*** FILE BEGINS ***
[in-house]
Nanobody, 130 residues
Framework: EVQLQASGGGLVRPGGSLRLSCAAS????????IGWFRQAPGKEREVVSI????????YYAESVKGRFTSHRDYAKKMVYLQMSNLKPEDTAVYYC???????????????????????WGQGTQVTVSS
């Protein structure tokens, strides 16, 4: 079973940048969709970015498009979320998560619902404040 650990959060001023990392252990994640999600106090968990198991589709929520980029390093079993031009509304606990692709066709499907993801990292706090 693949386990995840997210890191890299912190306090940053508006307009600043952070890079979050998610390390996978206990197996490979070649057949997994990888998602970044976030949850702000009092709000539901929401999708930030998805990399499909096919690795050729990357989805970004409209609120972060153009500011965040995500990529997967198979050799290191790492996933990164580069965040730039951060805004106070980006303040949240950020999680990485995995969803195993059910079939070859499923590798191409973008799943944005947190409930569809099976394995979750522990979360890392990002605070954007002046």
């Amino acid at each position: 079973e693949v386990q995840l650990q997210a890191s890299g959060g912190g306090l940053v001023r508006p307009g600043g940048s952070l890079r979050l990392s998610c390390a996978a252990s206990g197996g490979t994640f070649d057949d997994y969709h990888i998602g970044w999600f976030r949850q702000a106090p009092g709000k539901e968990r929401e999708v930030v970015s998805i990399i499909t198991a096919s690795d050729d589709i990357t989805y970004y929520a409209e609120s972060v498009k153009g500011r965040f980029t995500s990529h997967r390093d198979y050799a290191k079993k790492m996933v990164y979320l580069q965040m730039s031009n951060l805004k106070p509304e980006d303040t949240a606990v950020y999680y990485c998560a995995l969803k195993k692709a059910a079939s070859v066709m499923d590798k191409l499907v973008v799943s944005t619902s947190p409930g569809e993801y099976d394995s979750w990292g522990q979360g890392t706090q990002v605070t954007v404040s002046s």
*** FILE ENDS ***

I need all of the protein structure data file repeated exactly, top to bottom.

[in-house]
Nanobody, 130 residues
Framework: EVQLQASGGGLVRPGGSLRLSCAAS????????IGWFRQAPGKEREVVSI????????YYAESVKGRFTSHRDYAKKMVYLQMSNLKPEDTAVYYC???????????????????????WGQGTQVTVSS
């Protein structure tokens, strides 16, 4: 079973940048969709970015498009979320998560619902404040 650990959060001023990392252990994640999600106090968990198991589709929520980029390093079993031009509304606990692709066709499907993801990292706090 693949386990995840997210890191890299912190306090940053508006307009600043952070890079979050998610390390996978206990197996490979070649057949997994990888998602970044976030949850702000009092709000539901929401999708930030998805990399499909096919690795050729990357989805970004409209609120972060153009500011965040995500990529997967198979050799290191790492996933990164580069965040730039951060805004106070980006303040949240950020999680990485995995969803195993059910079939070859499923590798191409973008799943944005947190409930569809099976394995979750522990979360890392990002605070954007002046």
């Amino acid at each position: 079973e693949v386990q995840l650990q997210a890191s890299g959060g912190g306090l940053v001023r508006p307009g600043g940048s952070l890079r979050l990392s998610c390390a996978a252990s206990g197996g490979t994640f070649d057949d997994y969709h990888i998602g970044w999600f976030r949850q702000a106090p009092g709000k539901e968990r929401e999708v930030v970015s998805i990399i499909t198991a096919s690795d050729d589709i990357t989805y970004y929520a409209e609120s972060v498009k153009g500011r965040f980029t995500s990529h997967r390093d198979y050799a290191k079993k790492m996933v990164y979320l580069q965040m730039s031009n951060l805004k106070p509304e980006d303040t949240a606990v950020y999680y990485c998560a995995l969803k195993k692709a059910a079939s070859v066709m499923d590798k191409l499907v973008v799943s944005t619902s947190p409930g569809e993801y099976d394995s979750w990292g522990q979360g890392t706090q990002v605070t954007v404040s002046s």